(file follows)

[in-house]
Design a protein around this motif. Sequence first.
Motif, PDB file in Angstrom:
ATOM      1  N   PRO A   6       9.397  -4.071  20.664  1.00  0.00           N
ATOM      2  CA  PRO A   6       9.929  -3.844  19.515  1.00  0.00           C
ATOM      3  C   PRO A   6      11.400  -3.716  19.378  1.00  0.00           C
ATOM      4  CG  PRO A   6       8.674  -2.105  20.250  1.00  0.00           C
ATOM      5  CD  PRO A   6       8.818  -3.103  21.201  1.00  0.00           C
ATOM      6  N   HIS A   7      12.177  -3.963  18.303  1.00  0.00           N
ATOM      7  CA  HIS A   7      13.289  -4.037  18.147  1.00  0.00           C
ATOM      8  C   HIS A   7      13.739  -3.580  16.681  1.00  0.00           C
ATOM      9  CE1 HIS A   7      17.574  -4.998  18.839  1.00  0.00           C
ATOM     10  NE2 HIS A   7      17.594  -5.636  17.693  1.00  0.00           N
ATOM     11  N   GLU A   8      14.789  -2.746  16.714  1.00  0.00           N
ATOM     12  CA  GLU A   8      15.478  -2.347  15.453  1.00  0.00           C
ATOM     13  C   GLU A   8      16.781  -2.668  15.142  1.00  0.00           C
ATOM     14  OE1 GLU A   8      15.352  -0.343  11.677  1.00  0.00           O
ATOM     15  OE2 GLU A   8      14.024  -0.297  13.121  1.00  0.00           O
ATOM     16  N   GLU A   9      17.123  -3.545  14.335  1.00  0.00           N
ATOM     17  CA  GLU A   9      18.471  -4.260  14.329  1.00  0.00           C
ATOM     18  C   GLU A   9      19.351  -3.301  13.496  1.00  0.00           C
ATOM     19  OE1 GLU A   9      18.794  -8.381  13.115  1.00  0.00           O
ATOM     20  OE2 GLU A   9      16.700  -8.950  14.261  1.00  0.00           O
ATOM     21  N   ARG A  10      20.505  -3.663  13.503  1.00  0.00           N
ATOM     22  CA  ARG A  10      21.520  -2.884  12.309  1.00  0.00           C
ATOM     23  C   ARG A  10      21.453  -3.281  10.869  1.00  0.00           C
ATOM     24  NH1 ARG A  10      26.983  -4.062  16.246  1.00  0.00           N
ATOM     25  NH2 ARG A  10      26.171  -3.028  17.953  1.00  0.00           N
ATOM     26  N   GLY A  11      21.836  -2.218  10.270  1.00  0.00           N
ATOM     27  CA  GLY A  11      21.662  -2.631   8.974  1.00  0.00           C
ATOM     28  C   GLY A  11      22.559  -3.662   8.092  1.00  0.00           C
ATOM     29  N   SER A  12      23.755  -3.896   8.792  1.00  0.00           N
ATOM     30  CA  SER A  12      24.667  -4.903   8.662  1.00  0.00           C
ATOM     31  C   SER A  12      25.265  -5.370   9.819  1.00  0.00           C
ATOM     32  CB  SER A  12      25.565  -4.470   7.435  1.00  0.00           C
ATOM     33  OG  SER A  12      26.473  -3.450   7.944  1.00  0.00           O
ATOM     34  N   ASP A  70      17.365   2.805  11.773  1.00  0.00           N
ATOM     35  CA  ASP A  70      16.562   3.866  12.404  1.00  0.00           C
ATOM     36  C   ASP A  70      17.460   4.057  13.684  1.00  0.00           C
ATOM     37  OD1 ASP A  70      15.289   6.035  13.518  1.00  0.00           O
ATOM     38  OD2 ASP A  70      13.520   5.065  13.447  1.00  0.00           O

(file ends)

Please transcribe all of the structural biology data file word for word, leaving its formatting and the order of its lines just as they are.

[in-house]
Design a protein around this motif. Sequence first.
Motif, PDB file in Angstrom:
ATOM      1  N   PRO A   6       9.397  -4.071  20.664  1.00  0.00           N
ATOM      2  CA  PRO A   6       9.929  -3.844  19.515  1.00  0.00           C
ATOM      3  C   PRO A   6      11.400  -3.716  19.378  1.00  0.00           C
ATOM      4  CG  PRO A   6       8.674  -2.105  20.250  1.00  0.00           C
ATOM      5  CD  PRO A   6       8.818  -3.103  21.201  1.00  0.00           C
ATOM      6  N   HIS A   7      12.177  -3.963  18.303  1.00  0.00           N
ATOM      7  CA  HIS A   7      13.289  -4.037  18.147  1.00  0.00           C
ATOM      8  C   HIS A   7      13.739  -3.580  16.681  1.00  0.00           C
ATOM      9  CE1 HIS A   7      17.574  -4.998  18.839  1.00  0.00           C
ATOM     10  NE2 HIS A   7      17.594  -5.636  17.693  1.00  0.00           N
ATOM     11  N   GLU A   8      14.789  -2.746  16.714  1.00  0.00           N
ATOM     12  CA  GLU A   8      15.478  -2.347  15.453  1.00  0.00           C
ATOM     13  C   GLU A   8      16.781  -2.668  15.142  1.00  0.00           C
ATOM     14  OE1 GLU A   8      15.352  -0.343  11.677  1.00  0.00           O
ATOM     15  OE2 GLU A   8      14.024  -0.297  13.121  1.00  0.00           O
ATOM     16  N   GLU A   9      17.123  -3.545  14.335  1.00  0.00           N
ATOM     17  CA  GLU A   9      18.471  -4.260  14.329  1.00  0.00           C
ATOM     18  C   GLU A   9      19.351  -3.301  13.496  1.00  0.00           C
ATOM     19  OE1 GLU A   9      18.794  -8.381  13.115  1.00  0.00           O
ATOM     20  OE2 GLU A   9      16.700  -8.950  14.261  1.00  0.00           O
ATOM     21  N   ARG A  10      20.505  -3.663  13.503  1.00  0.00           N
ATOM     22  CA  ARG A  10      21.520  -2.884  12.309  1.00  0.00           C
ATOM     23  C   ARG A  10      21.453  -3.281  10.869  1.00  0.00           C
ATOM     24  NH1 ARG A  10      26.983  -4.062  16.246  1.00  0.00           N
ATOM     25  NH2 ARG A  10      26.171  -3.028  17.953  1.00  0.00           N
ATOM     26  N   GLY A  11      21.836  -2.218  10.270  1.00  0.00           N
ATOM     27  CA  GLY A  11      21.662  -2.631   8.974  1.00  0.00           C
ATOM     28  C   GLY A  11      22.559  -3.662   8.092  1.00  0.00           C
ATOM     29  N   SER A  12      23.755  -3.896   8.792  1.00  0.00           N
ATOM     30  CA  SER A  12      24.667  -4.903   8.662  1.00  0.00           C
ATOM     31  C   SER A  12      25.265  -5.370   9.819  1.00  0.00           C
ATOM     32  CB  SER A  12      25.565  -4.470   7.435  1.00  0.00           C
ATOM     33  OG  SER A  12      26.473  -3.450   7.944  1.00  0.00           O
ATOM     34  N   ASP A  70      17.365   2.805  11.773  1.00  0.00           N
ATOM     35  CA  ASP A  70      16.562   3.866  12.404  1.00  0.00           C
ATOM     36  C   ASP A  70      17.460   4.057  13.684  1.00  0.00           C
ATOM     37  OD1 ASP A  70      15.289   6.035  13.518  1.00  0.00           O
ATOM     38  OD2 ASP A  70      13.520   5.065  13.447  1.00  0.00           O